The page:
“We think we know Jesus, but do we really know the Jesus of the Bible or do we see him through some kind of a caricature that’s been portrayed to us by our own tradition? That’s one of the other things I try to tackle in this book.”

Markell raised the question that arises from Farah’s conclusions: Why is God so Israel-centric?

Farah answers that the Jews have been given a special mission, but their mission is important for the whole world.

“[God] tells us in His words that the Israeli people have a very special mission,” Farah said. “They were chosen. We say they were chosen – well, what were they chosen to do? They were chosen to carry the Scriptures to the whole world. And the knowledge of the one true God of the universe. That was their mission! They were to be a light to the Gentiles, meaning all the other nations.

“The question is, have they succeeded? And you know, there have been some shortcomings along the way, which has caused them to be judged at various times in their history by God. But you know what? There are people all over the world that because of that mission now know who the true Messiah is,
who now know who the God of the universe is. We owe that to God and to Israel, because to some extent or another, they carried out the mission.”

Christians, Farah argues, are incorporated into this tradition and mission through Jesus Christ.

“The question that should come to any Christian is, was Jesus’s intent to start a new religion?” asked Farah. “And my answer to that is no, not really. What Jesus came to do is to save the world. He came as Messiah to the Jews and to the rest of the nations as well, to enlighten the whole world as to the truth. That’s why He came. And He’s the Messiah to the Jews and He’s our Messiah. We’re grafted into the promises of the nation of Israel, as Paul explained.”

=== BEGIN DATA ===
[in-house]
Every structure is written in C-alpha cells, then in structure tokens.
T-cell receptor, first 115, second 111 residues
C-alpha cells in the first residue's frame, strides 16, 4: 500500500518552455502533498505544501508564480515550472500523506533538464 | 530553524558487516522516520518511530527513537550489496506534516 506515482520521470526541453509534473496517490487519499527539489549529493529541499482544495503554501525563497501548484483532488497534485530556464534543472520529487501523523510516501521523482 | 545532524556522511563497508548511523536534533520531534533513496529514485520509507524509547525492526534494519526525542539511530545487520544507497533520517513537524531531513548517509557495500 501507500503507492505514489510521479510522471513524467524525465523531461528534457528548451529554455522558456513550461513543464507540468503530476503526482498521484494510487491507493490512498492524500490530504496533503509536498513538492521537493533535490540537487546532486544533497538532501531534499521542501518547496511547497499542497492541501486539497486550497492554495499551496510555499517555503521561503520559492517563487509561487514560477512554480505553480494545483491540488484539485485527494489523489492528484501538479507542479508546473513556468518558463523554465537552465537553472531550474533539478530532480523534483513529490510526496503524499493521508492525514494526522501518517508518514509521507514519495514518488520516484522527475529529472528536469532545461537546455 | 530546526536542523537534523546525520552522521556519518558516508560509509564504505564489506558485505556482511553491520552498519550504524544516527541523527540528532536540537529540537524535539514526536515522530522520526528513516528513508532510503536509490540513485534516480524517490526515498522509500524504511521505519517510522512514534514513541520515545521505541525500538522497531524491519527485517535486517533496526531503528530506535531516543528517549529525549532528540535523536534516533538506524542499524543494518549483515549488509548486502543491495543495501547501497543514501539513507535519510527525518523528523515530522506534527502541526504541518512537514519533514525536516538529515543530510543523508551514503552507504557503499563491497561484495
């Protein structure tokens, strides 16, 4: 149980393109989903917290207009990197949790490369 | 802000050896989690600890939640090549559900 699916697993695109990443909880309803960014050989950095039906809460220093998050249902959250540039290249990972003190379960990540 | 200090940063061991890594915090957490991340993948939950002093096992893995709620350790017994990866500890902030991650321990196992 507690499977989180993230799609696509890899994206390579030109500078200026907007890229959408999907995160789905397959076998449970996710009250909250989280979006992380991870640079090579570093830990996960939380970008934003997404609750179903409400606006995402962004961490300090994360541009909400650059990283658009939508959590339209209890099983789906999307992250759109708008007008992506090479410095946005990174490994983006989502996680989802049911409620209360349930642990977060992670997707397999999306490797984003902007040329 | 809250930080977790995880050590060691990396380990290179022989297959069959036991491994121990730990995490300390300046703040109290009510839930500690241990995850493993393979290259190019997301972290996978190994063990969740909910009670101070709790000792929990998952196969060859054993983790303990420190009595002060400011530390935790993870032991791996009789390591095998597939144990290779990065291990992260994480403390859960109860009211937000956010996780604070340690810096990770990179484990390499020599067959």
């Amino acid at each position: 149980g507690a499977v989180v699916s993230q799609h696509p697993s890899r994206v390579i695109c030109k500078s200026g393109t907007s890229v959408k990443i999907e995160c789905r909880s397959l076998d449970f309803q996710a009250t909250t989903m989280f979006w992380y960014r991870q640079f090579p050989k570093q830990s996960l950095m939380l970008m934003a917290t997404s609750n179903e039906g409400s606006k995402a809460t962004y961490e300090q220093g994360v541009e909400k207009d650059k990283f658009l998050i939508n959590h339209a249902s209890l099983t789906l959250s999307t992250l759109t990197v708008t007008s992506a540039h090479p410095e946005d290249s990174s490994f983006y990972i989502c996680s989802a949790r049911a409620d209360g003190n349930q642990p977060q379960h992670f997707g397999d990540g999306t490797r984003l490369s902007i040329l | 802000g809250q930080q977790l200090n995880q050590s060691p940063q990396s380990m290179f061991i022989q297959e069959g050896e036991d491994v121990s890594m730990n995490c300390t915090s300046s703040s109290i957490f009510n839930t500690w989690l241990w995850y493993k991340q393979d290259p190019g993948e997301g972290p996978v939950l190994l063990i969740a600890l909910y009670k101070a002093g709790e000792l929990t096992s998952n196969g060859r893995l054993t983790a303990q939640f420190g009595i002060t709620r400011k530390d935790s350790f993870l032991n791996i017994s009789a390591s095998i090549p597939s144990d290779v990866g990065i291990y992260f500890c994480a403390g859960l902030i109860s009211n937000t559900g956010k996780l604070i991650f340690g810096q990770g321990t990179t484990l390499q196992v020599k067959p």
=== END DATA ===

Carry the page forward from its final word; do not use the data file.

Farah will teach some of what he learned in the research and writing of the book next month on a cruise to Alaska, at a conference in October and on a tour of Israel in November.

And he says Christians should be excited about the world that is coming, the Millennial Kingdom on Earth.

“That’s the good news,” he said. “That’s what the Gospel is all about. And the Gospel is about the fulfillment of all of this in the [Millennial] Kingdom. And if you don’t believe in the Kingdom, you don’t really believe in the Gospel! All of the prophets since Creation – that’s what Peter says, and I put it to the test in this book… in every single one of those books, [they talk about] the restoration of all things, the Garden of Eden-type restoration that takes place at the end of the age as part of the Gospel story. Jesus talked about the Kingdom more than anything else in all four gospels!”

Perhaps more importantly, as Farah argues, today’s Christians are often focused on eschatology and the end times. The Tribulation will only last a few years, he points out, and Christians are largely ignoring all the wonderful things that will happen on Earth immediately afterward.

“There’s not a very long period of time that the world goes through this Tribulation,” he said. “But we have a thousand years after that! Of glory! And paradise! And the Garden of Eden! Why don’t we dwell on that? Because that’s something I think young people will be happy about as much as old people. … It’s all good news!”

It’s the book that gives you tomorrow’s news today! Get your autographed copy of “The Restitution of All Things: Israel, Christians and the End of the Age.”